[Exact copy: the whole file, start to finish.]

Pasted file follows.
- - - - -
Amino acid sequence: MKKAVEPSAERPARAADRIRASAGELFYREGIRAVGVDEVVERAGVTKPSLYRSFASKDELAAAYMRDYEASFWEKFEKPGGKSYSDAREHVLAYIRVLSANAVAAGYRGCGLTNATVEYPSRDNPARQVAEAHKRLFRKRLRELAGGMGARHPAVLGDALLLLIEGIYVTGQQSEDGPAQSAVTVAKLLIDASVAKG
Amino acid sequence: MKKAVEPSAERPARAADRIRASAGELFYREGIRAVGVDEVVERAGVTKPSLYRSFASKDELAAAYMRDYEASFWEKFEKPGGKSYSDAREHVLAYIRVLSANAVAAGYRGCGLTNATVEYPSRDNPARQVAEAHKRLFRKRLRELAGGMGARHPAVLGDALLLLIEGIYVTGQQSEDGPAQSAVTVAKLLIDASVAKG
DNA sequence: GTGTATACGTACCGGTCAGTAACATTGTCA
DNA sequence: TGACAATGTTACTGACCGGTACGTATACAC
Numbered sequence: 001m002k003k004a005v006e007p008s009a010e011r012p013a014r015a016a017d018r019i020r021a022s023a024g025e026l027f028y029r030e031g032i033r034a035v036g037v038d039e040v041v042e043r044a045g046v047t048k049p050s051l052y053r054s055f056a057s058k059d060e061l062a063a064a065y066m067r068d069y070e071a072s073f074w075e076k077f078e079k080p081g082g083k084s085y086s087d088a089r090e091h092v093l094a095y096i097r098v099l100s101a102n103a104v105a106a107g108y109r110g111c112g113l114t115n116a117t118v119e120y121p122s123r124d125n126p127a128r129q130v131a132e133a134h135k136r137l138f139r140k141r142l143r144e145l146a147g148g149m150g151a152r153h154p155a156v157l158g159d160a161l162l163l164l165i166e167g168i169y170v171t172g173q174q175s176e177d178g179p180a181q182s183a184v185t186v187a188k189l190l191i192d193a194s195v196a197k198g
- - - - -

Amino acid sequence: MKKAVEPSAERPARAADRIRASAGELFYREGIRAVGVDEVVERAGVTKPSLYRSFASKDELAAAYMRDYEASFWEKFEKPGGKSYSDAREHVLAYIRVLSANAVAAGYRGCGLTNATVEYPSRDNPARQVAEAHKRLFRKRLRELAGGMGARHPAVLGDALLLLIEGIYVTGQQSEDGPAQSAVTVAKLLIDASVAKG
Amino acid sequence: MKKAVEPSAERPARAADRIRASAGELFYREGIRAVGVDEVVERAGVTKPSLYRSFASKDELAAAYMRDYEASFWEKFEKPGGKSYSDAREHVLAYIRVLSANAVAAGYRGCGLTNATVEYPSRDNPARQVAEAHKRLFRKRLRELAGGMGARHPAVLGDALLLLIEGIYVTGQQSEDGPAQSAVTVAKLLIDASVAKG
DNA sequence: GTGTATACGTACCGGTCAGTAACATTGTCA
DNA sequence: TGACAATGTTACTGACCGGTACGTATACAC
Numbered sequence: 001m002k003k004a005v006e007p008s009a010e011r012p013a014r015a016a017d018r019i020r021a022s023a024g025e026l027f028y029r030e031g032i033r034a035v036g037v038d039e040v041v042e043r044a045g046v047t048k049p050s051l052y053r054s055f056a057s058k059d060e061l062a063a064a065y066m067r068d069y070e071a072s073f074w075e076k077f078e079k080p081g082g083k084s085y086s087d088a089r090e091h092v093l094a095y096i097r098v099l100s101a102n103a104v105a106a107g108y109r110g111c112g113l114t115n116a117t118v119e120y121p122s123r124d125n126p127a128r129q130v131a132e133a134h135k136r137l138f139r140k141r142l143r144e145l146a147g148g149m150g151a152r153h154p155a156v157l158g159d160a161l162l163l164l165i166e167g168i169y170v171t172g173q174q175s176e177d178g179p180a181q182s183a184v185t186v187a188k189l190l191i192d193a194s195v196a197k198g